Do We Need a Recession for a Meaningful Correction in Stocks?

“The stock market has predicted nine out of the last five recessions.” – Paul Samuelson

The worst historical periods for investment returns have tended to cluster around major economic events such as the Great Depression, the highly inflationary environment of the 1970s and more recently the Great Recession.

Stocks are said to be forward looking so technically they should price in the possibility of future recessions or economic expansions.

Here’s the data from Professor Jeremy Siegel to show this in practice:

recession 2

This shows how the Dow Jones Industrial Average has front run the past eleven recessions. Stocks dropped an average of about 8% leading up to the start of each recession so it does appear that investors were prescient by selling before the economy slowed.

On the flip side, stocks also tend to climb a wall of worry and rise before the economic downturn is over in anticipation of the return of growth as you can see here:

recession 1

So stocks rose an average of nearly 24% before the end of the post-World War II recessions.  This is why you can’t exactly sit around and wait for things to get better before investing when things look bleak.  By the time the coast is clear you’ve already missed a nice chunk of gains (although we never truly know a recession has ended until much later when the data is finally released).

A pretty solid track record for stocks based on these numbers.

But stocks don’t always call every move in economic activity correctly.  GDP growth isn’t the only factor that investors rely upon to gauge the attractiveness of stocks.  Emotions play a larger role than most realize and there are always reasons for investors to get anxious.

That’s why we’ve had thirteen instances of the market selling off in excess of a 10% loss in that time frame with no recession in the following twelve months:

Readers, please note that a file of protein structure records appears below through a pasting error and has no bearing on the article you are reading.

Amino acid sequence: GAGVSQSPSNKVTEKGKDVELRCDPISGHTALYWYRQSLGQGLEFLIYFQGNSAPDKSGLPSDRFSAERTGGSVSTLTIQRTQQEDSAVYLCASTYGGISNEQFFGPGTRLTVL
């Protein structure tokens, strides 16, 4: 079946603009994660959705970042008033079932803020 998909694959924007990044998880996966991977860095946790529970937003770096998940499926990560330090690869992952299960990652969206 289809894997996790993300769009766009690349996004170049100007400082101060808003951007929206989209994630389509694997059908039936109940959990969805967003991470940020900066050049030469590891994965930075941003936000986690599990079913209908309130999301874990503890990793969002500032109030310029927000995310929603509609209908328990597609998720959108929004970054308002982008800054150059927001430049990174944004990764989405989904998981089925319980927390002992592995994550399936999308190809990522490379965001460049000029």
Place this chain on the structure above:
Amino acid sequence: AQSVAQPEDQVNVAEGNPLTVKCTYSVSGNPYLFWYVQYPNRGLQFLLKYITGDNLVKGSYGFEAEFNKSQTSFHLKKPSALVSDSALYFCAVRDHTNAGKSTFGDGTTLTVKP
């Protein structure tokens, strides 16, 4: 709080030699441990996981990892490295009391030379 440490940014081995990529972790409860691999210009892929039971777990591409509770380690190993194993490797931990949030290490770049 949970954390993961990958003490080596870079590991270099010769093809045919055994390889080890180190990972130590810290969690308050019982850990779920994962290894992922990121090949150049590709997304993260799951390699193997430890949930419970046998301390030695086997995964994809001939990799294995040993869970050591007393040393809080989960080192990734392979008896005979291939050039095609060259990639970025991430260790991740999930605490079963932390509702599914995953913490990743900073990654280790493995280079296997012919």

recession 3

Hence, the Paul Samuelson quote from above.  This data shows that the market falls an average of 20% every five years without the economy ever going into a recession.  Stocks can be forward looking, but who knows what investors are actually pricing in at any given point in time.

The stock market is full of participants that have conflicting goals, time horizons, tolerance for risk and ability to control their emotions. Add this all up and the market will most likely go in whatever direction it pleases.

Over the long-term the trend has always been up and to the right. Over shorter time frames who knows what will happen.

Sometimes the stock market and the economy are in synch with one another, but other times they march to their own tune. It’s difficult to use one to predict the other with any precision.

Can stocks fall in anticipation of a recession? Yes.

Can stocks fall for other reasons? Yes.

Can you or I predict the timing of next correction in the market or start of the next recession? Slim chance.

Stocks can and will fall for a number of reasons.  But you have to be a glutton for punishment if your investment plan relies on your ability to consistently call these moves.

Further Reading:
The difference between a crash and a correction
The truth about stocks and the economy

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16 thoughts on “Do We Need a Recession for a Meaningful Correction in Stocks?

  1. Pingback: Do We Need a Recession for a Meaningful Correction in Stocks? – A Wealth of Common Sense | Marty Investor

  2. I think more than anything that a price correction could occur more than a recession or severe bear market.

    As I understand it, and still consider myself a student of the market (and will most likely always have this approach, to keep me humble) the overall yield curve is a good indicator.

    There is a great take on this statement here, though the numbers may be a little off for present data, the sentiment remains.

    In facing the unknown whims of the market, as investors one must keep your personal investing rules in check to help you make your own decisions with regards to how you will allocate your new capital into more equities, or to wait for calmer waters.

    Since we cannot know everything, we need to understand what we know, and what can make us draw incorrect assumptions. This is where I feel that the various mental models that Charlie Munger helped popularize can turn the tide over time towards steady success.

    If there is an uncertain future, at the very least, put in money that you could flush down the toilet and not bat an eye about. Too much leverage, and risk on unproven ideas is folly.

    We must take care, lest borne away by a torrent of passion we make shipwreck of conscience.

    • Well said. Thanks. I’m a huge fan of Munger’s approach as well.

      The one problem with the yield curve these days is that the Fed is holding down short rates. But you are right that this has been a telling indicator in the past and is still worth watching.

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